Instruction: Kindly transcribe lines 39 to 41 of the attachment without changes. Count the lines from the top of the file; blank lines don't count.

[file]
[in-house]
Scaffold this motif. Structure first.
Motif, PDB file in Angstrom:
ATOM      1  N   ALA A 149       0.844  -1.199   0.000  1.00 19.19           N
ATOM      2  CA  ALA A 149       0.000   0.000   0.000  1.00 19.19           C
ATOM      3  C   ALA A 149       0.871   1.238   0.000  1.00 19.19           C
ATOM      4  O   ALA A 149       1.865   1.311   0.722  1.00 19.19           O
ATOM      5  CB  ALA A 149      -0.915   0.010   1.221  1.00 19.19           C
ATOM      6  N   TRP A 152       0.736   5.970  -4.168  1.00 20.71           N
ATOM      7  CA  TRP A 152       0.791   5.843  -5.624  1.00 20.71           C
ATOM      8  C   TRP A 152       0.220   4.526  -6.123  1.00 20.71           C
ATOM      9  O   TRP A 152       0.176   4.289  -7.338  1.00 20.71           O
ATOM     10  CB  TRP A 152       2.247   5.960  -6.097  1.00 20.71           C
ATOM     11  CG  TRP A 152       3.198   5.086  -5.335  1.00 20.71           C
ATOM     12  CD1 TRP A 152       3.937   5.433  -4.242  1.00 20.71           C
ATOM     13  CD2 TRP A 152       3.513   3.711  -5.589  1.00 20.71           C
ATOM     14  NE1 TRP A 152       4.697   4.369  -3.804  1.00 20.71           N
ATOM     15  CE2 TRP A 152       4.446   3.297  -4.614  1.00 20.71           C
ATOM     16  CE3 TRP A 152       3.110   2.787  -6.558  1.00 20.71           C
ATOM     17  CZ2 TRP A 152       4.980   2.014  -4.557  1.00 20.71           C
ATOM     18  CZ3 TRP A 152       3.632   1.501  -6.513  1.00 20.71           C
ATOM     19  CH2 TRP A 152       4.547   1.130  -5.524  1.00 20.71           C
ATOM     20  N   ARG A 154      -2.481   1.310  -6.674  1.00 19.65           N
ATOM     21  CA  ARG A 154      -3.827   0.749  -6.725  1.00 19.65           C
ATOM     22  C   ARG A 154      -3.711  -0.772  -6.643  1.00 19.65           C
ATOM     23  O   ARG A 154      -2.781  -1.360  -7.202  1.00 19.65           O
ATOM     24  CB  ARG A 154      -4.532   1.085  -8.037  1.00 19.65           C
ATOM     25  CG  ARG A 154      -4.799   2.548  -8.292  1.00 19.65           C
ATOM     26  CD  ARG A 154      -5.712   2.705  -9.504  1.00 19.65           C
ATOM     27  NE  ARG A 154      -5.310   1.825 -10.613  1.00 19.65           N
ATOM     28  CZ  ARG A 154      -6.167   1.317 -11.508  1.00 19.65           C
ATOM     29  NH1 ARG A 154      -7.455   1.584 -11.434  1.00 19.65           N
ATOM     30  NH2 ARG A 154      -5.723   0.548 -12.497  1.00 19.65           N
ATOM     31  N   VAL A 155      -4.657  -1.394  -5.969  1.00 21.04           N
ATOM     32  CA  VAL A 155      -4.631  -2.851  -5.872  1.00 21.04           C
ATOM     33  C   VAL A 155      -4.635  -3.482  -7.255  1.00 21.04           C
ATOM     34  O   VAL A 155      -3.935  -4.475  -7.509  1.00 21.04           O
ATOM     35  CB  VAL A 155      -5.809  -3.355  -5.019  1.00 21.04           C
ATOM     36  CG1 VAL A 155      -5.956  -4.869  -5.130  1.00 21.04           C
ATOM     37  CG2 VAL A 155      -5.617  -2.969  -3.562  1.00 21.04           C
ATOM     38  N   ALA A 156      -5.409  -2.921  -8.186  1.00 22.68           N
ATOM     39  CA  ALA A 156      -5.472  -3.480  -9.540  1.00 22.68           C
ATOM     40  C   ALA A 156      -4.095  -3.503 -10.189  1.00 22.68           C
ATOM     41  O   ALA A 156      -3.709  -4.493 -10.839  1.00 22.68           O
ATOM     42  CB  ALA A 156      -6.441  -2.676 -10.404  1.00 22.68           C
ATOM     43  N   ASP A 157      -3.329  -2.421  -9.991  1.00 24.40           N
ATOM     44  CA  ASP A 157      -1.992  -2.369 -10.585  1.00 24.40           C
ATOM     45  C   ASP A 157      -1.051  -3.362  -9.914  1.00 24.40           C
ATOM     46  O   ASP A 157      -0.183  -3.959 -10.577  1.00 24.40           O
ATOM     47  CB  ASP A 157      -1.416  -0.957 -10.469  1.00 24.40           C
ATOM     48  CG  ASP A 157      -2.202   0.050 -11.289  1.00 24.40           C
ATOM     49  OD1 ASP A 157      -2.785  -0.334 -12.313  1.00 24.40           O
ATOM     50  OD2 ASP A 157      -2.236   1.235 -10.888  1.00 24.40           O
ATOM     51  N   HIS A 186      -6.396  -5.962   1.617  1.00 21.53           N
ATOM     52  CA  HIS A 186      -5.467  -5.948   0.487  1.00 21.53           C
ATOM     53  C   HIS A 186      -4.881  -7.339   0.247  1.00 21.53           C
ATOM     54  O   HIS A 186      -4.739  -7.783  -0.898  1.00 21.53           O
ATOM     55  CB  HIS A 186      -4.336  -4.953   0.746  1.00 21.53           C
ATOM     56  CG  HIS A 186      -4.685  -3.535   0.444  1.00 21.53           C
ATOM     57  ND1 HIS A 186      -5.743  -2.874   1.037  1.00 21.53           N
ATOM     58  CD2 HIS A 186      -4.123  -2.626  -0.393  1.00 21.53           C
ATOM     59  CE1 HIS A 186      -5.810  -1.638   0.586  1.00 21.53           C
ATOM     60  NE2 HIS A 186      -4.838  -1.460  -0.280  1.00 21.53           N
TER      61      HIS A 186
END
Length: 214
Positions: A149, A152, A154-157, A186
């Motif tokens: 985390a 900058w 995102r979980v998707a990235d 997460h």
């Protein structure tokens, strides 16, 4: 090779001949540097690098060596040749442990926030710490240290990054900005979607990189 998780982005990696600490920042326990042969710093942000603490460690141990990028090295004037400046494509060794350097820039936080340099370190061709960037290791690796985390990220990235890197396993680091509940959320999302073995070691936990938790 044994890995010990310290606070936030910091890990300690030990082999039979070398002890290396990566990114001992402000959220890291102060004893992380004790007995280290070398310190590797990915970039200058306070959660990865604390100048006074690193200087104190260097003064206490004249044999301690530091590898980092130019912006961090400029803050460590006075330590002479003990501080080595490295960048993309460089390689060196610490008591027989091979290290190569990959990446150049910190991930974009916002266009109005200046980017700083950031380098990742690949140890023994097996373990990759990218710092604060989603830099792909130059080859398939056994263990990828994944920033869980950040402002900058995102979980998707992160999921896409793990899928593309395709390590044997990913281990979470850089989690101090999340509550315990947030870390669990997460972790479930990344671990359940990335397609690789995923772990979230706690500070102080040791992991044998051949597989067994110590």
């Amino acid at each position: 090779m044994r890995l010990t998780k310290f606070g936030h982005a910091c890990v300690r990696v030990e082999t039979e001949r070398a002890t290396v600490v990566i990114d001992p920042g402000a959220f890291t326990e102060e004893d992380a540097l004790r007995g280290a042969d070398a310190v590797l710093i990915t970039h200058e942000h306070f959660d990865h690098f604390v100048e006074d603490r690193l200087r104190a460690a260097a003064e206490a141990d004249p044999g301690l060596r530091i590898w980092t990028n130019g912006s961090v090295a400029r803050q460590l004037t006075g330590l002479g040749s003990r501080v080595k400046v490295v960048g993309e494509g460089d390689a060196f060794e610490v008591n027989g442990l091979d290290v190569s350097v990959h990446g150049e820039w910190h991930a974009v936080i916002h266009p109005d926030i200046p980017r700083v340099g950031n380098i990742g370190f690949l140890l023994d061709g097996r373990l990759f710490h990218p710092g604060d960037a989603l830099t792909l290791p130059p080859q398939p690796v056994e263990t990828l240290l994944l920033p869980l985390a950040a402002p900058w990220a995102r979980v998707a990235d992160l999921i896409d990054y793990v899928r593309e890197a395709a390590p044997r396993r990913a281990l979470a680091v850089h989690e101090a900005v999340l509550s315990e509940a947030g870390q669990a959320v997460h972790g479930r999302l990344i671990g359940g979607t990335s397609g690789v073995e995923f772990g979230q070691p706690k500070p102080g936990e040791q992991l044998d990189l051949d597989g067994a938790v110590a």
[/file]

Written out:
ATOM     36  CG1 VAL A 155      -5.956  -4.869  -5.130  1.00 21.04           C
ATOM     37  CG2 VAL A 155      -5.617  -2.969  -3.562  1.00 21.04           C
ATOM     38  N   ALA A 156      -5.409  -2.921  -8.186  1.00 22.68           N